There is no doubt that in order to teach well we need to firstly understand the process and theories of learning but also the children that we are going to teach.
I feel that, as a student teacher, it is important to not only familiarise yourself with the theories of learning, but also start considering how they “sit”against the realities of the classroom experience. I tried to find a video similar to the one we watched in the lecture, showing a child playing with the treasure basket.
We can observe how the child explored, experimented with and tried out different objects; he made eye contact with his mum, cooed and gurgled. Learning in the early years, as shown by the example of little George, is experimental, social and physical.
So how can those theories relate to the children of today? Contemporary childhood seems to be portrayed at the two extreme ends of the stereotypical spectrum – on one hand we have the failing, obese and technology obsessed generation whilst on the other we are faced with “brave little angels” who cannot cope in the world in which they are over-worked but at the same time seem to always be underachieving (Alexander, 2008). As David Didau, aka Learning Spy, suggests, because of that diversity of pupils’ life experiences, their learning will be just as diverse. It is not just about what they encounter in the classroom, but also what they bring to the classroom that will influence their learning process. In the face of the unstable image of a contemporary child, schools, primary schools in particular, have been cited by children themselves as places where sense of stability, security and optimism for the future is created by the means of promoting the achievement of, amongst others, economic well-being:
“We have schools because we need education and to prepare us for secondary school. Secondary school then helps us to get a good job”. Pupil, Year 6
Looking both at the theories of learning as well as the issues surrounding the contemporary childhood, it is clear that the environment in which the child is exploring and therefore learning is of great importance. Effective learning occurs when it is well facilitated. This doesn’t mean that we should water the curriculum down or lower our standards. Let’s take a minute to consider how George’s learning was facilitated in the video above – he was comfortable with his surroundings, he was reassured when he made eye contact with his mother, he had time to explore and try various things out, nobody was telling him what to do.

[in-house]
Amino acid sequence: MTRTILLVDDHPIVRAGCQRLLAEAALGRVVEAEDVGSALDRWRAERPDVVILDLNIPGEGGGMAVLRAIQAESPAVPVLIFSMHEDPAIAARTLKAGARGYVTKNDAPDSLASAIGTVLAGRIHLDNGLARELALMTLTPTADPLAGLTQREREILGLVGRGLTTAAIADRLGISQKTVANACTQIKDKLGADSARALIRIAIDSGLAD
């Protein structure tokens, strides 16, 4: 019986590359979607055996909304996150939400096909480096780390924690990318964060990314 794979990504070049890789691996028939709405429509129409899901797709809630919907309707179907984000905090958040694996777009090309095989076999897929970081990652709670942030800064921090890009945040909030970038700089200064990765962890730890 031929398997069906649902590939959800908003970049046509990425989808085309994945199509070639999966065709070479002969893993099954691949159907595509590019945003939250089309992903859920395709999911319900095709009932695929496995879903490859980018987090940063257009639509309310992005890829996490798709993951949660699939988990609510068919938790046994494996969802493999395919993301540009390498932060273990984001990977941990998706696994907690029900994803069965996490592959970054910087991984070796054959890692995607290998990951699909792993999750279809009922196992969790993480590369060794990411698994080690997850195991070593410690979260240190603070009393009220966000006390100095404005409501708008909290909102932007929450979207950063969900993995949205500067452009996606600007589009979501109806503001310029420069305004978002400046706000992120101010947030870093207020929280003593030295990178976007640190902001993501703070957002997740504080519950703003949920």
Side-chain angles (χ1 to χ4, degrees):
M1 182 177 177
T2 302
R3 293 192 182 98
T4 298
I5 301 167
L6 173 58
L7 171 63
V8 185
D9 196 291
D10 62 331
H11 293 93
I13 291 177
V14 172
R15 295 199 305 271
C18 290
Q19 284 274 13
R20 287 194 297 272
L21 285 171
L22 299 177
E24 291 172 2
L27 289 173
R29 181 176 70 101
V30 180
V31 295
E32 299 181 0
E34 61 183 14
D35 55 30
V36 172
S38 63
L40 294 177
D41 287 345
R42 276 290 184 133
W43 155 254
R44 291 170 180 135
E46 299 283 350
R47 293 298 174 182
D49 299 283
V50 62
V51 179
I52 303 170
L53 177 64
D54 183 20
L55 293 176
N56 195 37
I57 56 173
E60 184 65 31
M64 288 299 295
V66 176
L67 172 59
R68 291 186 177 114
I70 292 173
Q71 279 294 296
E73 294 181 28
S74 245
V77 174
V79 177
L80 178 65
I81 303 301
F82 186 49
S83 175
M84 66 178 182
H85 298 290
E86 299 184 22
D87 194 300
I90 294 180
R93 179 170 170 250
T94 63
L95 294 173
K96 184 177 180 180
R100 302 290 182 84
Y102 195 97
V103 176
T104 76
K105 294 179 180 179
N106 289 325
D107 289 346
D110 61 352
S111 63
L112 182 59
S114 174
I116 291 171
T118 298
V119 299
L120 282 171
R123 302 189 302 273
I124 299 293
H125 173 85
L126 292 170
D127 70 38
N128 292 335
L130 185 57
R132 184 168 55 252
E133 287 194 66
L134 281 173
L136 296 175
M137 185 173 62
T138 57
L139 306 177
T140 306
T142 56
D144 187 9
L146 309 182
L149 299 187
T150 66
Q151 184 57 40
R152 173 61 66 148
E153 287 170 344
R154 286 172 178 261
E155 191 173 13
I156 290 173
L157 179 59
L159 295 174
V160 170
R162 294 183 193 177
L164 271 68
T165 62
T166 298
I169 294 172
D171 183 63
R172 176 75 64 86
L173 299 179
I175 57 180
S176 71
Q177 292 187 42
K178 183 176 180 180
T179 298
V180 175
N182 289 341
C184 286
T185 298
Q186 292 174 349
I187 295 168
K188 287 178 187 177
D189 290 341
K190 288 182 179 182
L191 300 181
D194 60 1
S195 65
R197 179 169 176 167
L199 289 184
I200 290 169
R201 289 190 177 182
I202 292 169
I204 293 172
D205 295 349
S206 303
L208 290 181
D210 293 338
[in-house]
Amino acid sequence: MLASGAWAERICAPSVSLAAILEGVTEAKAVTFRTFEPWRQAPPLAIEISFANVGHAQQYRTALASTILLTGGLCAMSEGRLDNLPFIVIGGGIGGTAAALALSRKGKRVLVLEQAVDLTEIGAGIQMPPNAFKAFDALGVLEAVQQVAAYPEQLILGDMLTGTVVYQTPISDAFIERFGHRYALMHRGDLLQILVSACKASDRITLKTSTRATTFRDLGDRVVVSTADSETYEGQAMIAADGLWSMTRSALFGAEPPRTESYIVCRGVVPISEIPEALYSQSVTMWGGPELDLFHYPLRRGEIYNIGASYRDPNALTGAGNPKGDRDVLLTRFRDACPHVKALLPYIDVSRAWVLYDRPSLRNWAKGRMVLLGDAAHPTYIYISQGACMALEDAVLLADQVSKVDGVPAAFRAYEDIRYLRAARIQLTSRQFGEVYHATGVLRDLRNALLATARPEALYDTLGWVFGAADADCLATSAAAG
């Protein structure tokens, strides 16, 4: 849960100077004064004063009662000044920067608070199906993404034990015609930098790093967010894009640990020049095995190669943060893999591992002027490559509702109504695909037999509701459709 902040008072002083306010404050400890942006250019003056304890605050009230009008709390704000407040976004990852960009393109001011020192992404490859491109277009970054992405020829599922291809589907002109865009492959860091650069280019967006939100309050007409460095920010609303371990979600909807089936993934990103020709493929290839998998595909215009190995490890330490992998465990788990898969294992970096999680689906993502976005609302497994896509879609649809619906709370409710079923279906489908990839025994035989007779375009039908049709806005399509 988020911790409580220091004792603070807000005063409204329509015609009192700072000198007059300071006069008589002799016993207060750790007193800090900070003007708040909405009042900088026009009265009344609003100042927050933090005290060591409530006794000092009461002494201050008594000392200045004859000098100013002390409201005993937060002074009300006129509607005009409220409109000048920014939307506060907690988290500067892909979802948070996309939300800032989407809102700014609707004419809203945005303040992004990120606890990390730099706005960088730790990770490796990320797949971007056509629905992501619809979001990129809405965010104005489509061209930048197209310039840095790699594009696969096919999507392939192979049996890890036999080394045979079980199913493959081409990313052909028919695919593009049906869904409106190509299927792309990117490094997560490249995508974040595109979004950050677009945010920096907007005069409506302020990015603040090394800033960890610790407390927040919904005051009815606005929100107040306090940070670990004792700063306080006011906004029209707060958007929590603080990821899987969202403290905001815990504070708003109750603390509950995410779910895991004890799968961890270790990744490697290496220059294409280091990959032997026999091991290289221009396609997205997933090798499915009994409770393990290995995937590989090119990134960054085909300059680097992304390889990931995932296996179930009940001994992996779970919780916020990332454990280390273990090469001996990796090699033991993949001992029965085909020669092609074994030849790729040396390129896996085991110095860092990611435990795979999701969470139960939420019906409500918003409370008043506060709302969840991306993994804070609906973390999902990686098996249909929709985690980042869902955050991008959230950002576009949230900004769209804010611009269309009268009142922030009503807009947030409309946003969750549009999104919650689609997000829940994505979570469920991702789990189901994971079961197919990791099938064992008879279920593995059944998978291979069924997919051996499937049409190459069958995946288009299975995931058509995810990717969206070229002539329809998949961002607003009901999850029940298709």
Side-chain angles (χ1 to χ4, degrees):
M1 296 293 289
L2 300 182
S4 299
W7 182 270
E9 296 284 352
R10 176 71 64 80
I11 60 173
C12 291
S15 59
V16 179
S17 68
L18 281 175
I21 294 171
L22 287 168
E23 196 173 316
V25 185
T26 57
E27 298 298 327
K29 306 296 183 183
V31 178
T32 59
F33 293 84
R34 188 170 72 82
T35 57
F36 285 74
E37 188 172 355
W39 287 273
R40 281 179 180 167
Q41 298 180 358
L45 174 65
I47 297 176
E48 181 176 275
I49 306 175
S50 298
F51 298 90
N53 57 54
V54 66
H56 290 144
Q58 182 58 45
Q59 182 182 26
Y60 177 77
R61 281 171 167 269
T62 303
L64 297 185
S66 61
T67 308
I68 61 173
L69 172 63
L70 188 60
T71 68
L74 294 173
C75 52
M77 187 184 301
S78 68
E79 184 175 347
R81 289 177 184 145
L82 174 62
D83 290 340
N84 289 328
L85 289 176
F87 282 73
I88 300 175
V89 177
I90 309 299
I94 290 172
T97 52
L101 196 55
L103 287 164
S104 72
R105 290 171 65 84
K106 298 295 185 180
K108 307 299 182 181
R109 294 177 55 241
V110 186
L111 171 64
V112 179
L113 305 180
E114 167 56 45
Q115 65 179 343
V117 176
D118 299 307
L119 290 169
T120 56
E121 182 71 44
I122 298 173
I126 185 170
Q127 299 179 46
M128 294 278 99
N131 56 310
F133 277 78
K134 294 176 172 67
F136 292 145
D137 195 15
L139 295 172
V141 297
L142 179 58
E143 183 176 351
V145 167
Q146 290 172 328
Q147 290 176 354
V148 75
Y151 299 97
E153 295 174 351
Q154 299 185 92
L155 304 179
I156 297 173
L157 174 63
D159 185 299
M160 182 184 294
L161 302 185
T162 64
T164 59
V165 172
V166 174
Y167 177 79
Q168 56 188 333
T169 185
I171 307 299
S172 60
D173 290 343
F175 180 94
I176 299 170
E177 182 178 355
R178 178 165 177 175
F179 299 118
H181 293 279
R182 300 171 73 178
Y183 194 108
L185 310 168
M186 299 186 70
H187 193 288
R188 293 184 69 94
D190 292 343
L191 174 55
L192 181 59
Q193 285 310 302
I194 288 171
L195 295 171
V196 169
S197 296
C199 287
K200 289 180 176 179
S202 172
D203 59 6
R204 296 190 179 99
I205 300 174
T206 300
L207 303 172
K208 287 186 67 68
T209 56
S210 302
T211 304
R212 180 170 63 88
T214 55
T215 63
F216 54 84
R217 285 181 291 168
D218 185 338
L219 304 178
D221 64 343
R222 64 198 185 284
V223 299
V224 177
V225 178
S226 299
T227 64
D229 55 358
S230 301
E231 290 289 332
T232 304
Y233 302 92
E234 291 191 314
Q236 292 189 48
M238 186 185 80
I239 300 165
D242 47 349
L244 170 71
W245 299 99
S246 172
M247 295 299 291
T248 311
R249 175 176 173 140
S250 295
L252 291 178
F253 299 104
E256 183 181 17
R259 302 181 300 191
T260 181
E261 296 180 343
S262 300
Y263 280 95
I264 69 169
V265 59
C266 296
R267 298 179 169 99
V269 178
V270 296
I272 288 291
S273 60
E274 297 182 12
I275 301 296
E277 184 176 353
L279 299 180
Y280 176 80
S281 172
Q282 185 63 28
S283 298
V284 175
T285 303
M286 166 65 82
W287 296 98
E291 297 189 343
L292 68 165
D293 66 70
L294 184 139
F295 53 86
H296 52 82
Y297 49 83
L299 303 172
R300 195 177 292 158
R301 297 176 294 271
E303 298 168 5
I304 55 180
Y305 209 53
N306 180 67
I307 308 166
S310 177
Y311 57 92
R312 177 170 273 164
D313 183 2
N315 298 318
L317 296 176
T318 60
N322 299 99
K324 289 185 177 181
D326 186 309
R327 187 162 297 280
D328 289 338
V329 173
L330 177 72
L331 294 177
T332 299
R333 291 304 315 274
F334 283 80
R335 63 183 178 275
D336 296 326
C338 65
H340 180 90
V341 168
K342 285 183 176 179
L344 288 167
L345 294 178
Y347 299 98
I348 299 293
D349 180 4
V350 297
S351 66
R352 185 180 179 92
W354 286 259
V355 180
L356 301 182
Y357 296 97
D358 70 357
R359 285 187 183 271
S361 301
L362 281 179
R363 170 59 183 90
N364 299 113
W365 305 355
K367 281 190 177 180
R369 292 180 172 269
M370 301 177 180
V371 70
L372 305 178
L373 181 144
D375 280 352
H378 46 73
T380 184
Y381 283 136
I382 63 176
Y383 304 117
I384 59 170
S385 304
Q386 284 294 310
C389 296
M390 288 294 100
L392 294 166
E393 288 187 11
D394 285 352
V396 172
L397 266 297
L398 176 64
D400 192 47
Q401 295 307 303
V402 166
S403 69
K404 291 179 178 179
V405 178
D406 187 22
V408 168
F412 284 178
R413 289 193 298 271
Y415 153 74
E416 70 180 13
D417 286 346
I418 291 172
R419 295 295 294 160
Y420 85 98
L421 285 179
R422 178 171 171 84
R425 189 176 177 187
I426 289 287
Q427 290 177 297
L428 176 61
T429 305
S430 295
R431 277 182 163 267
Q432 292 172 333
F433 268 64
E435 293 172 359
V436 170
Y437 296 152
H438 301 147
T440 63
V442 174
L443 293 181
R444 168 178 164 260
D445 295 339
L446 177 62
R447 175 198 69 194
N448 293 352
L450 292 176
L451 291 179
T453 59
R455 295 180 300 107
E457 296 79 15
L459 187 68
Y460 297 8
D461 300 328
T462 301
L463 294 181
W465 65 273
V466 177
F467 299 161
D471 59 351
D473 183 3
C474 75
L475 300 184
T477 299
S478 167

Our role as primary teachers is to make sure that learning is facilitated in a way that allows for that exploration to happen in an atmosphere in which learners feel comfortable to consider new ideas and are not threatened by external factors (Doyle, 1985; Laird, 1985). This notion of teacher as a facilitator was present in the video we watched right at the beginning of the lecture, of children constructing a bridge or a ramp together. The teacher was not visible in the video, however, we can assume that they set up the task and were there making observations. This student-centered learning (SCL) example shows how the teacher influenced the learning process by not focusing on “giving” the knowledge but by stepping back and letting the children get on with it. Some research suggests that SCL, if put into practise correctly, can increase the motivation for learning, understanding and positive attitudes to the subject taught.The role of the teacher therefore is not transmission of knowledge, but that of creating a learning environment.
However, as Moore (2000) has argued, there are some tensions between the theories of learning and teaching and “the realities and actualities of classroom experience”. This tension relates to how we as teachers ensure that we bridge the requirements of national curriculum and the standards of pupils’ achievement (or generally speaking policy) with the theory and practise. For me, this is about a teachers’ toolkit i.e. a range of resources and activities which create opportunities for progress, but also about continuing your own development as a professional, not being afraid of taking risks and keeping in mind that growing teachers equals growing learners.
References (where links not provided):
Doyle, W. (1985). Effective teaching and the concept of the master teacher. Elementary School Journal 86, 27-33.
Laird, D. (1985) Approaches to training and development. Addison-Wesley: Reading, Mass.
Moore, A. (2000) Teaching and Learning. Pedagogy, Curriculum and Culture. London: Routledge